The National Society of Black Engineers (NSBE) has announced the national kickoff of its annual Summer Engineering Experience for Kids (SEEK) program this year, on July 20. SEEK, now in its 14th year, is the United States’ largest summer engineering program geared toward African-American and other elementary school students from groups underrepresented in science, technology, engineering and math (STEM). SEEK is designed to: expose children to basic STEM concepts; establish a foundation of STEM knowledge and experience the students can build upon in middle school, high school and college; and, ultimately, increase the number of Black professionals in engineering.
 
Since its launch in Washington, D.C., in 2007, SEEK has served nearly 23,000 3rd–5th graders in 30 cities across the country. This year, for the first time, SEEK’s three weeks of activities will be virtual rather than in-person, because of safety concerns related to the COVID-19 pandemic. The free program’s hands-on, team-based engineering design challenges for its young students will be delivered remotely using digital media and information technology.
 
“The dual crises that we’re living through — COVID-19 and overt racism — have put a spotlight on STEM and diversity, and I am very pleased that NSBE will have the opportunity to make a positive impact on both again this year, through SEEK,” said NSBE National Chair Jocelyn Jackson, the organization’s top-ranking officer. “We look forward to reaching the young people in our program with virtual curricula that inspire them to join the next generation of engineers.”
 
Key features of SEEK are parental involvement and the program’s mentor/instructors. The mentor/instructors, most of whom are engineering majors and collegiate members of NSBE, guide the elementary school students through the curriculum and serve as role models for Black children who often lack that important advantage in pursuing STEM careers. SEEK’s programmatic model has been proven effective, as its young alumni have demonstrated increased proficiency in math, science and engineering, and a greater ability to envision themselves as future engineers.
 
 
 
 
 
Substantial corporate, government, nonprofit and academic partnerships have supported SEEK since the program was established with a $1-million grant from Battelle in 2007. Major SEEK sponsors have included Bechtel, Chevron Corporation, The Dow Chemical Company, Ford Motor Company, GM, Nissan, Northrop Grumman and Shell, among many others. The National Science Foundation has funded research of SEEK.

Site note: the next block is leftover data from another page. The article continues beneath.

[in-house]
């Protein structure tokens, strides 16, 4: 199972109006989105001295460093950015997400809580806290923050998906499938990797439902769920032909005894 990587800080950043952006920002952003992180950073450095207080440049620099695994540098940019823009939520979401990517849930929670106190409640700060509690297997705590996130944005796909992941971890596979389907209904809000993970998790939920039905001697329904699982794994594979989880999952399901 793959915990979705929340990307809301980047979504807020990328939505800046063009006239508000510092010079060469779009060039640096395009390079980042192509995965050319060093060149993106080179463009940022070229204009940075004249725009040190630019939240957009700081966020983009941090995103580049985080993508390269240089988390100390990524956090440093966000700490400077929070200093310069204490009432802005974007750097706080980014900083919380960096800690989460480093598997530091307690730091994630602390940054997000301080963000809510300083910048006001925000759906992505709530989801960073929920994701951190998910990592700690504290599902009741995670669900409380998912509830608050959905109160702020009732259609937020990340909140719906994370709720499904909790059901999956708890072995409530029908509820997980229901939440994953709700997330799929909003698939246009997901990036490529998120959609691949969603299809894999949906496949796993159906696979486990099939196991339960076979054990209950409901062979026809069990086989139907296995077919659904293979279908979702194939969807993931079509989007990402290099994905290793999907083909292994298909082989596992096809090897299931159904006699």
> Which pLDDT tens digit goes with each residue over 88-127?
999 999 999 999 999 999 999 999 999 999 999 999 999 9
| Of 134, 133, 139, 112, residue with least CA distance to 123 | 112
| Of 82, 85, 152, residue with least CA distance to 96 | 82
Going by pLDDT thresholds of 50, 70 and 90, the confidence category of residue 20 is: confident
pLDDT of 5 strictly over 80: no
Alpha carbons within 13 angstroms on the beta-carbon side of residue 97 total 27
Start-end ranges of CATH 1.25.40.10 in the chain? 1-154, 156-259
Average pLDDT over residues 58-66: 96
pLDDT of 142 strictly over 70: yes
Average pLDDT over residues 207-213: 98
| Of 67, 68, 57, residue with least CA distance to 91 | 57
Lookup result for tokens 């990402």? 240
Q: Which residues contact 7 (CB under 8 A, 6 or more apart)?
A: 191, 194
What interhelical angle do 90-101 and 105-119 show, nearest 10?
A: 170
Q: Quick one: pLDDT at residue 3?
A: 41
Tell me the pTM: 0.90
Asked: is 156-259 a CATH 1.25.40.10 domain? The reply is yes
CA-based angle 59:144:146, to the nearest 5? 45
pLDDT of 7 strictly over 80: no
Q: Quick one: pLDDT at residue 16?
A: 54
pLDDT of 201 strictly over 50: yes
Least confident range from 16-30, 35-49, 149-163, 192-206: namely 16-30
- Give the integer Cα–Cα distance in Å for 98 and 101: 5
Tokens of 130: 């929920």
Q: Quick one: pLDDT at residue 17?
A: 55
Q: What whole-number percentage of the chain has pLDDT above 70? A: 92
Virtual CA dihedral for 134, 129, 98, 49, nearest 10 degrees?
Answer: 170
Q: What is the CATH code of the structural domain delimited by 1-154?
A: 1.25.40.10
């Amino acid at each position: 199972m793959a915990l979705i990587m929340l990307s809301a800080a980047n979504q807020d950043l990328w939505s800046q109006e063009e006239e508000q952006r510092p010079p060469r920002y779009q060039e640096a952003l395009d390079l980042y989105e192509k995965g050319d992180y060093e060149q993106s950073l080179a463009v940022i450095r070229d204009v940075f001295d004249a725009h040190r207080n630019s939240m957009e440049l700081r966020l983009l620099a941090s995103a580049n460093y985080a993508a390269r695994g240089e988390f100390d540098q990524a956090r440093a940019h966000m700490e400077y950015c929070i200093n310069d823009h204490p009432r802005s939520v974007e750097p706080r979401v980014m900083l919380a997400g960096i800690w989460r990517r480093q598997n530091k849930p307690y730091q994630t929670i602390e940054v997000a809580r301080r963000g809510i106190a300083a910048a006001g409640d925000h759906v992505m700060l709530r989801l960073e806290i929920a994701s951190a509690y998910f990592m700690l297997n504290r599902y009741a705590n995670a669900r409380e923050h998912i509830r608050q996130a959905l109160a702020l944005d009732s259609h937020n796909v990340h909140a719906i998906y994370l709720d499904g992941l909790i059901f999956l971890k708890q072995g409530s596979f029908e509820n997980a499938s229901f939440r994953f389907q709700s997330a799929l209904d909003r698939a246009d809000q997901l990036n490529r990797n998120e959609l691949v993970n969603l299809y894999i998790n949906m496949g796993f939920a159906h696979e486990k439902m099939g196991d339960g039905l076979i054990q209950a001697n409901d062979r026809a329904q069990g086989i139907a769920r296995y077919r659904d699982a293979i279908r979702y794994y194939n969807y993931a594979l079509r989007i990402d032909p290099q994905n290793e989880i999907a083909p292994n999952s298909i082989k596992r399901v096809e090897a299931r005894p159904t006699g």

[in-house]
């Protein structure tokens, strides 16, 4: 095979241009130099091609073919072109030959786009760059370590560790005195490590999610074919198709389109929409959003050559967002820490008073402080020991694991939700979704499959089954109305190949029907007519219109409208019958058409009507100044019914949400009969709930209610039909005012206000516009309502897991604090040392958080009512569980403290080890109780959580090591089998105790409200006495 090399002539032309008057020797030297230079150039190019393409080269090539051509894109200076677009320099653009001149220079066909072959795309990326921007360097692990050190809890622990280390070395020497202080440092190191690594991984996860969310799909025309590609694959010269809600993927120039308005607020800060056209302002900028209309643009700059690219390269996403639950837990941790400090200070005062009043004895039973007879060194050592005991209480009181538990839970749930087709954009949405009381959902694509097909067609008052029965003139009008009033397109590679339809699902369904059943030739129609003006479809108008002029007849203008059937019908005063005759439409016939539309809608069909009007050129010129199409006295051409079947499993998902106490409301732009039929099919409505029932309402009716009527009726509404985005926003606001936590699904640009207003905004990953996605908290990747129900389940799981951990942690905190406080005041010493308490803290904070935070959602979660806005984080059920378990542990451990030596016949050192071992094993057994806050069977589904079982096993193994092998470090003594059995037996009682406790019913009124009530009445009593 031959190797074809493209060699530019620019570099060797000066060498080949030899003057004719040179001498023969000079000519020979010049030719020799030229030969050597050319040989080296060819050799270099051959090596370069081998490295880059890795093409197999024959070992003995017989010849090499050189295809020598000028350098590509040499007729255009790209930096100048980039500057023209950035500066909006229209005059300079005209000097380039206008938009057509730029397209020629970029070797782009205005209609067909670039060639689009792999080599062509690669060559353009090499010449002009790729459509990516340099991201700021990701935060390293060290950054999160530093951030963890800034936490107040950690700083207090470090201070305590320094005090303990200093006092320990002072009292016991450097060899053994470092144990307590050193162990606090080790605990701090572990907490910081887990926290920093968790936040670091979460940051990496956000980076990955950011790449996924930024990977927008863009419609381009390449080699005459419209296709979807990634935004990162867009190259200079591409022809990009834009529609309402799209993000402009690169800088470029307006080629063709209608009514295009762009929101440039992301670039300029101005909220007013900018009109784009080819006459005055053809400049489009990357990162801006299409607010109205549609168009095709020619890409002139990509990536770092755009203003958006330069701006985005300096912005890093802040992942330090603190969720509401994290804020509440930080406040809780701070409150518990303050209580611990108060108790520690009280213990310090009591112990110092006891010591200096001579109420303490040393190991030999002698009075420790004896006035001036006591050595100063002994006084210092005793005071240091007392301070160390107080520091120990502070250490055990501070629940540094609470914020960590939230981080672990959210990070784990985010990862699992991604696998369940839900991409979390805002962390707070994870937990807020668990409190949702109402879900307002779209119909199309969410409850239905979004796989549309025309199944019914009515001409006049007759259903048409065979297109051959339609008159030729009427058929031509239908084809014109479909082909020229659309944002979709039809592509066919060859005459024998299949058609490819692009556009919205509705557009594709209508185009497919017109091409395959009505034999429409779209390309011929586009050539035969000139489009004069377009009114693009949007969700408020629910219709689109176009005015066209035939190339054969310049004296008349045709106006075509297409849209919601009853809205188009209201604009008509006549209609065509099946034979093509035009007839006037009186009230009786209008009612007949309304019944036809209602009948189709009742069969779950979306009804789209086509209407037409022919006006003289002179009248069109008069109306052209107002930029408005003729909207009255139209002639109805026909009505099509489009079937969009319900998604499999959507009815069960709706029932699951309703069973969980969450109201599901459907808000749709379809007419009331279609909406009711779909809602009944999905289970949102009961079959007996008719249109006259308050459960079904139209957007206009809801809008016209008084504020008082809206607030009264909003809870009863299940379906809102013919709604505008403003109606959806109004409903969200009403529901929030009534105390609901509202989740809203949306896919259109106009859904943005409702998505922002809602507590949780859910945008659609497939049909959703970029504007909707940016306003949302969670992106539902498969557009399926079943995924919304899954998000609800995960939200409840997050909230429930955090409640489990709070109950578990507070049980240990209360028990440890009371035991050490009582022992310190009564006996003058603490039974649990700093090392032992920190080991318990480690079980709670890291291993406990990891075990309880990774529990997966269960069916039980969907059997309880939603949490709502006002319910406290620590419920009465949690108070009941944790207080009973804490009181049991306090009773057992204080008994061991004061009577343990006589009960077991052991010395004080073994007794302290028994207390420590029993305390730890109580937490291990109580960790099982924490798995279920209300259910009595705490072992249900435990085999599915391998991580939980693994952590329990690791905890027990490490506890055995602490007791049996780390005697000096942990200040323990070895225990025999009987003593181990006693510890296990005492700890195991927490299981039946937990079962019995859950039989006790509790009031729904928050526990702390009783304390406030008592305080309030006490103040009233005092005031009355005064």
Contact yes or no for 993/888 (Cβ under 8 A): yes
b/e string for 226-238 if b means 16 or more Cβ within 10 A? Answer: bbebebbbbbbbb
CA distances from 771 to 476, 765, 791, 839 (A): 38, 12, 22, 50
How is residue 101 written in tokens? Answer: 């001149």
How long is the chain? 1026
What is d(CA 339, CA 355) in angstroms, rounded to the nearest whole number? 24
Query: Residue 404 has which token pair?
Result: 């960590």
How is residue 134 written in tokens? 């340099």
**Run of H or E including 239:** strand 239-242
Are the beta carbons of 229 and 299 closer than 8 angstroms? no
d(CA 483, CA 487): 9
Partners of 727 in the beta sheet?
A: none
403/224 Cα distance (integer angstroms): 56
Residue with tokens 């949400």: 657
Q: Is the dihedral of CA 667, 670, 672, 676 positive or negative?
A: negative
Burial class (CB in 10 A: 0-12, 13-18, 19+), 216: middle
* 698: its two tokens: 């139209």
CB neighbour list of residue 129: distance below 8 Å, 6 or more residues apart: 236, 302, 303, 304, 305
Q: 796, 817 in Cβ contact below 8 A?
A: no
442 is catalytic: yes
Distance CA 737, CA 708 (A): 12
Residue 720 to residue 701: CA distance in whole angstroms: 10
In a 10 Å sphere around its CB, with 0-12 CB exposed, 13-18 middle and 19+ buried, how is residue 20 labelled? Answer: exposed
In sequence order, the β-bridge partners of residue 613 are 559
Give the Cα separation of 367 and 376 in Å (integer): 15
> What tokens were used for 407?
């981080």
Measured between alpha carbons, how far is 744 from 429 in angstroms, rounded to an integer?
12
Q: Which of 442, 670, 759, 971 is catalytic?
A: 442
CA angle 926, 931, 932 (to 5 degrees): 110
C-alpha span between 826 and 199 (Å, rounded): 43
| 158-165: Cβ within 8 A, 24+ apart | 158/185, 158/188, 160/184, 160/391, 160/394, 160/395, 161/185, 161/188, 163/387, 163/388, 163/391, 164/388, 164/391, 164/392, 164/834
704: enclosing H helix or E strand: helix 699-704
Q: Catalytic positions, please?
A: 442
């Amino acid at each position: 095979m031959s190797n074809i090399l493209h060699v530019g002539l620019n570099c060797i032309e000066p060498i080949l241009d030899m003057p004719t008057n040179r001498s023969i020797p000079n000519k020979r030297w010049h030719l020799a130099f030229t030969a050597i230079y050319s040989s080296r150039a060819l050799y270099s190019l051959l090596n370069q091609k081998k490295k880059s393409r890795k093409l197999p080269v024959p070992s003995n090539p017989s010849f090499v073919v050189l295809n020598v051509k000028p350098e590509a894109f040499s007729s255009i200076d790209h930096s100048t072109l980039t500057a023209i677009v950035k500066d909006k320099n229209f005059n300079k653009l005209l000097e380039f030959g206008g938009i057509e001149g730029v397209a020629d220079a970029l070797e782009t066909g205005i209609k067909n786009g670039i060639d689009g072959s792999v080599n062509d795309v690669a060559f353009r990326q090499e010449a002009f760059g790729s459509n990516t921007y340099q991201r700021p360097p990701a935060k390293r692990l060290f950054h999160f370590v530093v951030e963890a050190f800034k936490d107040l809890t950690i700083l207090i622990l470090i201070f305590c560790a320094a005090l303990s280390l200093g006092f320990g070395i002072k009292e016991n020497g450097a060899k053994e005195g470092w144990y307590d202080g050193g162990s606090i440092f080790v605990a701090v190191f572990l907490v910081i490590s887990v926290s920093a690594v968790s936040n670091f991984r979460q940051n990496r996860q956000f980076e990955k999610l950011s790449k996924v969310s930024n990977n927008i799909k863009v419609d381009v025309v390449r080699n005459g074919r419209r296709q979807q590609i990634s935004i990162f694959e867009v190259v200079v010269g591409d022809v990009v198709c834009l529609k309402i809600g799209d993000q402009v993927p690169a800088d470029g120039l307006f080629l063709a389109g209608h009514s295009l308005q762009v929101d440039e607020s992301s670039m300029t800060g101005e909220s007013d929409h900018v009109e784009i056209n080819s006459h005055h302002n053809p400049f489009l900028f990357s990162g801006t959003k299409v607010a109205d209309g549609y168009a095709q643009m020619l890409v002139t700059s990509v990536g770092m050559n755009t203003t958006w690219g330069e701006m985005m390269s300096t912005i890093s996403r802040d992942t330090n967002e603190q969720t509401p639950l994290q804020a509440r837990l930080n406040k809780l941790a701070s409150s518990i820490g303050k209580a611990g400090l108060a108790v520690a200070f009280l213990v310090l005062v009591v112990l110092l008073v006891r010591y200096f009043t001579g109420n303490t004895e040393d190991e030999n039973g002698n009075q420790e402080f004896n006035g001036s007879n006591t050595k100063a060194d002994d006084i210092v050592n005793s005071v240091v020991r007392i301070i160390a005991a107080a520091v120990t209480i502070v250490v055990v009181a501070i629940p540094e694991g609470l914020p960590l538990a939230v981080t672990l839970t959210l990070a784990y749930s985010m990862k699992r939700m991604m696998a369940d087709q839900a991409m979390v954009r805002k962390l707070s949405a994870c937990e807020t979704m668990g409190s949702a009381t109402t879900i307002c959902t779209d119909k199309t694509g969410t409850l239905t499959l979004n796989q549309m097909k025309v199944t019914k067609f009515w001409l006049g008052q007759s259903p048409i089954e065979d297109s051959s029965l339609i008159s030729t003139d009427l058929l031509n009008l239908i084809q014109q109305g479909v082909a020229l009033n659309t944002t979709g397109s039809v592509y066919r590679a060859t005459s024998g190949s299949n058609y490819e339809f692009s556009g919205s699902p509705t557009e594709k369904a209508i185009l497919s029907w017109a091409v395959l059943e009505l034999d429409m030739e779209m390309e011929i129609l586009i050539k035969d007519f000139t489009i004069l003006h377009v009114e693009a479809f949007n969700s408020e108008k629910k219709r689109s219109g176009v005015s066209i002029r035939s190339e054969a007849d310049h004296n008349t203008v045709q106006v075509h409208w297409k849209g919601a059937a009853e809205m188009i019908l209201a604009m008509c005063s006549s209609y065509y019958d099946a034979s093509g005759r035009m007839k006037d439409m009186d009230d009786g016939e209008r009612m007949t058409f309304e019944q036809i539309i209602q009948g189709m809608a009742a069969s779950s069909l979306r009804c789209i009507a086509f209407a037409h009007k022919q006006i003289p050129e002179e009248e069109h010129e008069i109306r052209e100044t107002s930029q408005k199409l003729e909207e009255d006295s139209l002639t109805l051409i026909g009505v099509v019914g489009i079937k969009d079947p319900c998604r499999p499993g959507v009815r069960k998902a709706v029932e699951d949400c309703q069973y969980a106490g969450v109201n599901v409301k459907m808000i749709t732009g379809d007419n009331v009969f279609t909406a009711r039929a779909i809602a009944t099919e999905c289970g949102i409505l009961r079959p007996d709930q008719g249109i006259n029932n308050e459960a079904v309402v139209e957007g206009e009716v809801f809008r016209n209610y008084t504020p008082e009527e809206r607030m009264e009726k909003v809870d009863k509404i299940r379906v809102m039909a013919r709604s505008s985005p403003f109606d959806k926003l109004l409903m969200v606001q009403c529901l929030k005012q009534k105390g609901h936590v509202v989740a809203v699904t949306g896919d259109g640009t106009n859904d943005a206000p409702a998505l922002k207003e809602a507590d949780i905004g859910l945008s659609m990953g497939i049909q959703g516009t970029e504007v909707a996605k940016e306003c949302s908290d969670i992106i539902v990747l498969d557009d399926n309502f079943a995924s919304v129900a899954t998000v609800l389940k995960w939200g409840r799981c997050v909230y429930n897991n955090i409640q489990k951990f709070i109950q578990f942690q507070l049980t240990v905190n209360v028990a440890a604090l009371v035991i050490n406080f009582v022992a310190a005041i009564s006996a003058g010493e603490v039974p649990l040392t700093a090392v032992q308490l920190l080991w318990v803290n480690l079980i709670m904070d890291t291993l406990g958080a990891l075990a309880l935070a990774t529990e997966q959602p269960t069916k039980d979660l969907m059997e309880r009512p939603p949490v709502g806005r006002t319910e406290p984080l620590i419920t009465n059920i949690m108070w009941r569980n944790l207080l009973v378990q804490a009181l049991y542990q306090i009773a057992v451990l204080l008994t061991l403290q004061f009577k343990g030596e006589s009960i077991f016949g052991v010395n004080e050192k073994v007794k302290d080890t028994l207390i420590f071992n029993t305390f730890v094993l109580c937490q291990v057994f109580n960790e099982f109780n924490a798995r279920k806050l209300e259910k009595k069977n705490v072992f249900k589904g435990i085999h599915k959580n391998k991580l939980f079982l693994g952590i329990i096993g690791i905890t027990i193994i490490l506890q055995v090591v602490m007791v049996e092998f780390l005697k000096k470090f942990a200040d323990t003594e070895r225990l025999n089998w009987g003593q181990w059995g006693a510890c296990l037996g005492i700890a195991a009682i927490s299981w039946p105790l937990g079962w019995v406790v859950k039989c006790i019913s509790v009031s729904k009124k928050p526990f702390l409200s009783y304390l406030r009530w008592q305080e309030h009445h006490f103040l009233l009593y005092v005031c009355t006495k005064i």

“Challenging times call for innovation, and I am grateful that NSBE’s leadership and NSBE’s supporters have been up to the task of innovation in engineering education,” said NSBE Executive Director Karl W. Reid, Ed.D. “The progress toward NSBE’s ‘10K Goal’ continues, as the U.S. has crossed the 5,000 mark on its way to graduation of 10,000 Black bachelor’s degree recipients in engineering annually, by 2025,” Dr. Reid continued. “The advancement of Black communities and the prosperity of the nation depend on the success of strong partnerships involved in creating and implementing programs such as SEEK. With this new virtual offering, in partnership with our innovative investors, we now have the potential of serving tens of thousands of children in the future! That’ll certainly change the face of engineering in the U.S. and abroad!”
 
 
ABOUT NSBE
With more than 600 chapters and more than 24,000 active members in the U.S. and abroad, the National Society of Black Engineers (NSBE) is one of the largest student-governed organizations based in the United States. NSBE, founded in 1975, supports and promotes the aspirations of collegiate and pre-collegiate students and technical professionals in engineering and technology. NSBE’s mission is “to increase the number of culturally responsible Black engineers who excel academically, succeed professionally and positively impact the community.” For more information, visit www.nsbe.org.
 
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